Throw in situations in matches are often just taken for granted and involve little meaningful thought or decision making around them, other than to mark the opposition and prevent ball progression. But these situations can dictate not only who controls possession, but also how and where this possession takes place.
Marcus Thuram is writing his own story in this year’s Bundesliga season. His transfer to Borussia Monchengladbach in summer 2019 for €12m was arguably a signing for the long-term, a promise for the future.
Football is a highly competitive and demanding sport that is typically played over a year-long season. Regardless of the competitive level (e.g. youth vs. professional), teams are scheduled to play up to 3 matches per week. This sometimes includes congested fixtures, doubleheader weekends and competitive tournaments where 3 matches may be played over a 4-day period. Over the long season, the coaching and support staff must consider many factors such as player availability (i.e. the number of players available to train/play), risk of injury associated with congested fixtures and multi-game tournaments, player status (e.g. recovery and freshness), and opponents. Furthermore, the demands of travel, sleep, and nutritional considerations are additional areas of consideration when competing throughout the year.
During Barcelona’s Champions League last-16 first-leg tie vs Napoli, their high-pressing strategy yielded mixed results.
Pressing systems involving a back three formation offer the opportunity to commit more players to press in higher areas. With seven players within the first and second lines of the press, there are opportunities for numerical advantages in specific moments within the opposition’s build-up.
The game of football is a game with a specified purpose, laws and means. Two teams are facing off against each other with the objective of scoring a goal utilizing the ball. These rules are the same all around the globe. Similarly, the principles following these laws of the game will be the same – as will be the purpose of training. Football is a game that is trained and therefore coached, with most coaches focusing on doing so within their specific interpretation of these principles, for attacking, defending and the transition in both directions between these two.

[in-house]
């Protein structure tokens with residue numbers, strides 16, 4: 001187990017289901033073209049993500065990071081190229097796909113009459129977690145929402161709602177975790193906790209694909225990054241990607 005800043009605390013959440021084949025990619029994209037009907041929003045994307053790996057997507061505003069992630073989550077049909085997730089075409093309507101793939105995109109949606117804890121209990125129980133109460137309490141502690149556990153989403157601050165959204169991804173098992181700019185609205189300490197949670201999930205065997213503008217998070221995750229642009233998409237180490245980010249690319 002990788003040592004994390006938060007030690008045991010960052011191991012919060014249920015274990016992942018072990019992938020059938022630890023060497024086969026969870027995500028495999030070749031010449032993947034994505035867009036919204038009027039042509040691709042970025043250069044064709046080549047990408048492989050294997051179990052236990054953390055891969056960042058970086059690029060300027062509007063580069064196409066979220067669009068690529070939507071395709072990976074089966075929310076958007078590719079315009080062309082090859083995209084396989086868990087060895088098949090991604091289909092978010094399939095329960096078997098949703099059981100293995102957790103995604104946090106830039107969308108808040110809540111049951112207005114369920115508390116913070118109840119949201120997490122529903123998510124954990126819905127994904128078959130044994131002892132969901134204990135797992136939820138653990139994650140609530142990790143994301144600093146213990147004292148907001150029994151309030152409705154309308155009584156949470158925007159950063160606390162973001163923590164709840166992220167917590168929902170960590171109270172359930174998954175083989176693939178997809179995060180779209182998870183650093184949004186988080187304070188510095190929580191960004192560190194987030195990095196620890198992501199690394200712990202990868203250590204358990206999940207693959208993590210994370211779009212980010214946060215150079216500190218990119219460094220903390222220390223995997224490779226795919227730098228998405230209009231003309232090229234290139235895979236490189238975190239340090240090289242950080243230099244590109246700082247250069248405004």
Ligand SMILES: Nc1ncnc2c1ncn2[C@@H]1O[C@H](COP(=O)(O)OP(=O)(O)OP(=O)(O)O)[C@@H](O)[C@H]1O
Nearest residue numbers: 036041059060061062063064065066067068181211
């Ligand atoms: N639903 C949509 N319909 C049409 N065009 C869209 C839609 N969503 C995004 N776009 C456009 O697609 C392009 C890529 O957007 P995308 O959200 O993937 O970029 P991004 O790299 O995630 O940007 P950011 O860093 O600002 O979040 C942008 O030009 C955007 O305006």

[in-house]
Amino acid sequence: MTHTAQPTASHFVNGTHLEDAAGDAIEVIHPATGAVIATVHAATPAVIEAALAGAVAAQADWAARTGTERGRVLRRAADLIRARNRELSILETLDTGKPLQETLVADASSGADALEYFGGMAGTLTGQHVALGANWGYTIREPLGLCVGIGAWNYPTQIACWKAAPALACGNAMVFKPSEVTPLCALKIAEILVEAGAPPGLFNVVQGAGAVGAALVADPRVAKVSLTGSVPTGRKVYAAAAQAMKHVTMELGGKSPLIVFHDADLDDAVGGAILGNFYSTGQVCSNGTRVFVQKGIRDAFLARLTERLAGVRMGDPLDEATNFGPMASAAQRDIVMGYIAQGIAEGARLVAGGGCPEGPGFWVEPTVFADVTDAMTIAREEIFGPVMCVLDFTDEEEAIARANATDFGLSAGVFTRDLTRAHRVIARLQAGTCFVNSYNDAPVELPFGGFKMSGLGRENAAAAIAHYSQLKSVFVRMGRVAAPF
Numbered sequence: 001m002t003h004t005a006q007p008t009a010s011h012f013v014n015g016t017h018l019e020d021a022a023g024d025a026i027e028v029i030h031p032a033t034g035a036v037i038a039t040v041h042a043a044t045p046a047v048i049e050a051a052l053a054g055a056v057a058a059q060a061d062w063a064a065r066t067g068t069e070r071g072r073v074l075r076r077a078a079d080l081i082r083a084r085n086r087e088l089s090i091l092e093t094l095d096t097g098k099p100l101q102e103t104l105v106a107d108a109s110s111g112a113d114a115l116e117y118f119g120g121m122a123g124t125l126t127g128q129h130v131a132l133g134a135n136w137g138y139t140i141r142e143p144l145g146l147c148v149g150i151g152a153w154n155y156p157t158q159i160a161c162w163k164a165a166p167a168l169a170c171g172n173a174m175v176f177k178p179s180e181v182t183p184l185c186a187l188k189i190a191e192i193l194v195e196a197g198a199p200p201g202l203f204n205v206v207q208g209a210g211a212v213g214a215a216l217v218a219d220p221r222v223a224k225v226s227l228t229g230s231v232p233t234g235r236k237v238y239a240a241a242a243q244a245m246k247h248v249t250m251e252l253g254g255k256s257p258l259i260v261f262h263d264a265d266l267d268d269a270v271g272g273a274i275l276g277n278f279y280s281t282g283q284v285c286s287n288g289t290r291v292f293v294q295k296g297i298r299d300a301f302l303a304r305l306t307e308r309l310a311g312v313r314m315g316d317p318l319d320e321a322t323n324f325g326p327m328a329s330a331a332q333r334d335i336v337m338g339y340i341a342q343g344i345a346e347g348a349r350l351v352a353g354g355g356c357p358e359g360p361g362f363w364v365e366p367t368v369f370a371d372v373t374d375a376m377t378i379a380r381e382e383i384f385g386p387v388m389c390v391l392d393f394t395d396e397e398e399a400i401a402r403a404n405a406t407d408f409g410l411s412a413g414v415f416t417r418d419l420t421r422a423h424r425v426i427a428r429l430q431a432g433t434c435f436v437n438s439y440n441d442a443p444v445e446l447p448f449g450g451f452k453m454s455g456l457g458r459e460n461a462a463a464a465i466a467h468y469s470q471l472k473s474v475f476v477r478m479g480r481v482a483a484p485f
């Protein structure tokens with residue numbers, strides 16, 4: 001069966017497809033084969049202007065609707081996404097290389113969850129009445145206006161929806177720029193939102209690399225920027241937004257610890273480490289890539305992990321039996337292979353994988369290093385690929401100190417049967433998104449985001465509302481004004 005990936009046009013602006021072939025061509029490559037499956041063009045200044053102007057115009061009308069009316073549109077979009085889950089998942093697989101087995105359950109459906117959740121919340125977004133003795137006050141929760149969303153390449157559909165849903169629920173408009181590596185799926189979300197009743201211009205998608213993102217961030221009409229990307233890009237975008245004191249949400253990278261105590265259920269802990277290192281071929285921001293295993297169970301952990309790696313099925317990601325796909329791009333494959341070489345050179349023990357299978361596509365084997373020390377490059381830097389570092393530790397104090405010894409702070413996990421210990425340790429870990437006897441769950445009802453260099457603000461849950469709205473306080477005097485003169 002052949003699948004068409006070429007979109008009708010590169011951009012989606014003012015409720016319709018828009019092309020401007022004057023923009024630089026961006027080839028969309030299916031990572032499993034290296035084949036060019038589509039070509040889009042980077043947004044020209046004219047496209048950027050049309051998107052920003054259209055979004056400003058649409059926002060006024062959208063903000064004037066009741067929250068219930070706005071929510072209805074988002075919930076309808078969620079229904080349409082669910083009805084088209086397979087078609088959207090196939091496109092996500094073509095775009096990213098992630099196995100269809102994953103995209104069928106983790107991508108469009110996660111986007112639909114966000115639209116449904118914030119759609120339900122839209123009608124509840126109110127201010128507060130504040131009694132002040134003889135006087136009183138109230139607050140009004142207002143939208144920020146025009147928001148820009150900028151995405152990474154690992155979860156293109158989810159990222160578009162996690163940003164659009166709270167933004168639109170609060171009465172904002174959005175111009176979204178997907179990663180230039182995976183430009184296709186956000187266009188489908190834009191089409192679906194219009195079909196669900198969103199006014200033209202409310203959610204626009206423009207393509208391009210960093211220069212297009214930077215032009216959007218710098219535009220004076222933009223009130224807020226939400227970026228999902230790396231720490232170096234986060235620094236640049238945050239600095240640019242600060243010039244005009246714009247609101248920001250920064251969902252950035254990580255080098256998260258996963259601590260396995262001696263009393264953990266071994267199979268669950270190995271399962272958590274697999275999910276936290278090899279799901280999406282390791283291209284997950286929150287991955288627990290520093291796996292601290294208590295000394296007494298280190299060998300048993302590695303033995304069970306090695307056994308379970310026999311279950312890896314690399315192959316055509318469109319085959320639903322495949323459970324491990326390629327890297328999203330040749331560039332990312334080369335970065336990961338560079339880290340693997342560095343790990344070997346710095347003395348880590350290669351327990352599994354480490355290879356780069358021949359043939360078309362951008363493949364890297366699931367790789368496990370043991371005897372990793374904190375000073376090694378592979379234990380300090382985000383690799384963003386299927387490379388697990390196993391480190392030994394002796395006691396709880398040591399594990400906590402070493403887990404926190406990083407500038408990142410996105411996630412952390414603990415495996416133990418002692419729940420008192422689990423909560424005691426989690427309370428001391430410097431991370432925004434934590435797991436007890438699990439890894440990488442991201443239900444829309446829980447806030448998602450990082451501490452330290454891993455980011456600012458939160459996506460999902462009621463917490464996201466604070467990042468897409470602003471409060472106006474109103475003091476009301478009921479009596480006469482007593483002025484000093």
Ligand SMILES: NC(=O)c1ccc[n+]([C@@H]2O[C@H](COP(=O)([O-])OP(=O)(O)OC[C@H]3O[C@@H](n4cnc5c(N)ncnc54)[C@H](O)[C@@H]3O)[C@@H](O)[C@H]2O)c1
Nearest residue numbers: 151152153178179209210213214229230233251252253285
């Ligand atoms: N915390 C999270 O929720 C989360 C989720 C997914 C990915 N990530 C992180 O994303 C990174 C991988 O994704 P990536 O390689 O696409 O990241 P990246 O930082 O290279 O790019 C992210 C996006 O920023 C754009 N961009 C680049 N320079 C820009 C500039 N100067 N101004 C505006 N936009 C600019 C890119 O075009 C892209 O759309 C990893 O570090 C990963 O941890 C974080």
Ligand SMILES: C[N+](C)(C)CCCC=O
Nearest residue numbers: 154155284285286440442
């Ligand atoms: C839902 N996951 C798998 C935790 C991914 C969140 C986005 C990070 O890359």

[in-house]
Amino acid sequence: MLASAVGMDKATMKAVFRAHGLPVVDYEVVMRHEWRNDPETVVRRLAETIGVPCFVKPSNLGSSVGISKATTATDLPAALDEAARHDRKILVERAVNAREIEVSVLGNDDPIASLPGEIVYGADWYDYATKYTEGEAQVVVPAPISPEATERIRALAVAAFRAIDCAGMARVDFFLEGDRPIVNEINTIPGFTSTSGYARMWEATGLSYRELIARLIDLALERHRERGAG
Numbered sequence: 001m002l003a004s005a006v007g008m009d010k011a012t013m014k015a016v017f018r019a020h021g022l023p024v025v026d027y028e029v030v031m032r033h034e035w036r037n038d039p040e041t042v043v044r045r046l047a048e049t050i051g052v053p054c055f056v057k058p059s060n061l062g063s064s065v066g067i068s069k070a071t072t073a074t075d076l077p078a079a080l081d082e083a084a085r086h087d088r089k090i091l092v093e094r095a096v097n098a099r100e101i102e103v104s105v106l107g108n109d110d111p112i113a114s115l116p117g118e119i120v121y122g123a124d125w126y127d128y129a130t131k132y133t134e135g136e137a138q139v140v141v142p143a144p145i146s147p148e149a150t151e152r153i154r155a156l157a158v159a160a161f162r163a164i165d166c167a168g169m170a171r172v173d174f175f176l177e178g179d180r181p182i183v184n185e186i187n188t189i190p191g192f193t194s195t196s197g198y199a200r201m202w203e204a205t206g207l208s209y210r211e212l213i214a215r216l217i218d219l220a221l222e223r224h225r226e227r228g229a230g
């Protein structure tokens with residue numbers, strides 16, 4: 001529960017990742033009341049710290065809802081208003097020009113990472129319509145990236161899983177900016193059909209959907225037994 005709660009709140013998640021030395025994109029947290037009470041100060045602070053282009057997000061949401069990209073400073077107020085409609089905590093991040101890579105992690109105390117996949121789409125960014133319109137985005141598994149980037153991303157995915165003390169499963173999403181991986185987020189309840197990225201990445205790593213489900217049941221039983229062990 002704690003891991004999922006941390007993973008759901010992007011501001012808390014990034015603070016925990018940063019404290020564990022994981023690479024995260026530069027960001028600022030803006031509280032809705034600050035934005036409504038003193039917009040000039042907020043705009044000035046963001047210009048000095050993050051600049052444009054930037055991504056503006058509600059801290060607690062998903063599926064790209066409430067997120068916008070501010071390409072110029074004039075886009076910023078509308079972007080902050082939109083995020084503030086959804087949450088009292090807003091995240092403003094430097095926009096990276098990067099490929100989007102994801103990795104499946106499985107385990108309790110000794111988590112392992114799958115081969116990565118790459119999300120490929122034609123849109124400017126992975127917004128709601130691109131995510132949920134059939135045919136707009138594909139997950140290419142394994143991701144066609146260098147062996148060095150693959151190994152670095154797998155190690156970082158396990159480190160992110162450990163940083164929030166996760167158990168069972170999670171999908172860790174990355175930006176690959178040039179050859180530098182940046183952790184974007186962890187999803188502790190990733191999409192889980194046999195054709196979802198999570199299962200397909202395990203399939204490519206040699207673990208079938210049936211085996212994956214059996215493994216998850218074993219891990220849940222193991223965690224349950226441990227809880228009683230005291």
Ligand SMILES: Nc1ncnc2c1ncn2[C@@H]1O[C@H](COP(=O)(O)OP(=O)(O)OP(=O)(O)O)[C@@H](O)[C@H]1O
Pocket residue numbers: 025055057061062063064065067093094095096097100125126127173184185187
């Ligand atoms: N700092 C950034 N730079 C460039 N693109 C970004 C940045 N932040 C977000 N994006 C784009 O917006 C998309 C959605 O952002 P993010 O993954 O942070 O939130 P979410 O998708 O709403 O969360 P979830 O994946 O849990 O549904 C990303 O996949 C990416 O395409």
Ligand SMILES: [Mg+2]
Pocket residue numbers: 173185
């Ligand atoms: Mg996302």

When it comes to attacking set-pieces, Sergio Ramos is probably the best player in the world right now -along with Cristiano Ronaldo. Over the years he saved Real Madrid a lot of times with his goals from set-pieces – his most famously is definitely the 95th minute goal against Atletico Madrid back in the 2014 Champions League Final. So, we decided to take a deeper look into it in a video analysis (video link at the end of the article).
As we move forward through the years football continues to evolve. The developments are not often massive evolutions such as Sacchi’s zonal congestion from the 80s or Michels’ and Cruyff’s total football from the 70s, but most frequently minor positional or role adjustments within the different phases of the game. Every goal scored for your team and every goal conceded that is prevented for your team has high value – and as analytics continue to grow within our sport, we are seeing its impact on football’s phases little by little.
Gio Reyna has recently entered the stage of professional football at German side Borussia Dortmund. What makes him special?
Just by looking at the numbers, we can see that Atalanta is 3rd (70) in goals scored – after PSG (75) and Bayern (73)- amongst the top 5 league teams, and 1st in shots per game, leading with 20,1 attempts -just for comparison, Barcelona have 12,7 (scored 63), Dortmund have 13,8 (scored 68), Juventus have 17,5 (scored 50), and the closest is Manchester City with 19,4 (scored 68). As these numbers looks very intriguing, this analysis will focus on their strategy in possession (link can be found at the end of the article).